Peta-Gaye Clachar/Staff Photographer
People wade through knee-high, murky waters at the Harbour View bridge yesterday. Many had flights to catch and hoisted suitcases in the air as they crossed over, while others were 'ferried' across by hustlers. The bridge collapsed on Thursday during the passage of Gustav, cutting off access from Kingston to east Harbour View and St Thomas.
Gareth Manning, Sunday Gleaner Reporter
It has been a slow and painful recovery from the effects of Tropical Storm Gustav for persons in the parish of Portland, which first felt the brunt of the weather system which hit the island on Thursday.
Up to late yesterday, Portland and sections of St Mary remained without electricity, while many householders who had lost their roofs were trying to put their lives back together.
Following a tour with Prime Minister Bruce Golding of storm-affected communities yesterday, Daryl Vaz, minister without portfolio in the Office of the Prime Minister, and member of parliament for West Portland, told The Sunday Gleaner that hundreds of residents in the communities of Cascade, Regale and surrounding areas remained marooned.
"They were completely cut off both at the St Andrew end and at the Buff Bay Valley end," the state minister reported.
Several other roads remained broken in the parish, while some residents also remained in shelters in eastern Portland in communities such as Manchioneal, which was severely struck by Gustav.
The banana sector in St Thomas, St Mary and Portland suffered significant damage, according to Agriculture Minister Christopher Tufton. He noted that while the domestic market would not be readily affected, the export would be devastated.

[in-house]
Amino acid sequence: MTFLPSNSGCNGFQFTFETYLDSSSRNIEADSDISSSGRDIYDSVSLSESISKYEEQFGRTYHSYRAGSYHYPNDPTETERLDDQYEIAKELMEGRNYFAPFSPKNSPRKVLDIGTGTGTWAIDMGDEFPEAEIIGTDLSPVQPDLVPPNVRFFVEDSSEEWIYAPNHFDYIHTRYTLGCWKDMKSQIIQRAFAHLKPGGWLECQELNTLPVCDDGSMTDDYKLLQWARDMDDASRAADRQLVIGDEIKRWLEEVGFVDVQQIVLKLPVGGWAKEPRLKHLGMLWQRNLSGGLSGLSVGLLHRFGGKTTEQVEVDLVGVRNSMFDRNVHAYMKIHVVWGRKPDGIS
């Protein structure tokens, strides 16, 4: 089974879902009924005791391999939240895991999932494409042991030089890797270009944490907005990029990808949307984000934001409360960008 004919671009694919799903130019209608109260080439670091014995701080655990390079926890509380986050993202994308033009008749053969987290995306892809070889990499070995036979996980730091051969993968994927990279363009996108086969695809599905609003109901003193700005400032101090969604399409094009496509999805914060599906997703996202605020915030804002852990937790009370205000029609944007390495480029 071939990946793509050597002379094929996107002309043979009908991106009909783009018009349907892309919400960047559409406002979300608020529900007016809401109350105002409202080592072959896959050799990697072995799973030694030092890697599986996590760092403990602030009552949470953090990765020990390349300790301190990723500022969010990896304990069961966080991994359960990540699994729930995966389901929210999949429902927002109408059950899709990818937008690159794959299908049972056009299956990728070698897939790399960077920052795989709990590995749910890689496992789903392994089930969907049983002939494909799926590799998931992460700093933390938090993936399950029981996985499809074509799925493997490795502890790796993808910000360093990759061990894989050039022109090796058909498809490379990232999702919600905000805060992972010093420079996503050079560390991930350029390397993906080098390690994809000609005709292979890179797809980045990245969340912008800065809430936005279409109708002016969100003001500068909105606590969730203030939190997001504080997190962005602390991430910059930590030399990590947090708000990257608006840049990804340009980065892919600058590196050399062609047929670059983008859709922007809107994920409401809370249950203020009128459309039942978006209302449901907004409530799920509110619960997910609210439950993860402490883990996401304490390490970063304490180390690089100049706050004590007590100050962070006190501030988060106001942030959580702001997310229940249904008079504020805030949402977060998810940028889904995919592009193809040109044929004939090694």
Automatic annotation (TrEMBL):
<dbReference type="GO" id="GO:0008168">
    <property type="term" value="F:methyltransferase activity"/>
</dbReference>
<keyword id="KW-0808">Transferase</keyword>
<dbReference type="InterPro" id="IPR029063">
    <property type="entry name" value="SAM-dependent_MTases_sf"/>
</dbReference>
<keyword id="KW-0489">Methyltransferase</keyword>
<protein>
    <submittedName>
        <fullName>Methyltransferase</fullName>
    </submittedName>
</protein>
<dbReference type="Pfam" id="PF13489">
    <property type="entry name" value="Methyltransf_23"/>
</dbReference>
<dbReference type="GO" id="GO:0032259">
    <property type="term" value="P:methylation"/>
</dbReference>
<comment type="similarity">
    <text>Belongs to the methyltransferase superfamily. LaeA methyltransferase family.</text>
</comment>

"(For) banana that was on the rebound [following Hurricane Dean] ... the wind damage, based on what I saw in St Thomas, would be about 95 per cent," Tufton said. St Mary and Portland suffered 70 per cent each, he disclosed.
The Office of Disaster Preparedness and Emergency Management reported that the official death toll following Gustav was seven. Four persons who were swept away in a vehicle in Bull Bay, St Andrew, remained missing up to late yesterday evening, although the vehicle in which they were travelling had been found.
About 140 roads had been cleared yesterday by the National Works Agency, including the Gordon Town to Papine main road, which was inundated by a mudslide cutting off access for several residents to the capital. The Bog Walk Gorge, however, remained closed to vehicular traffic.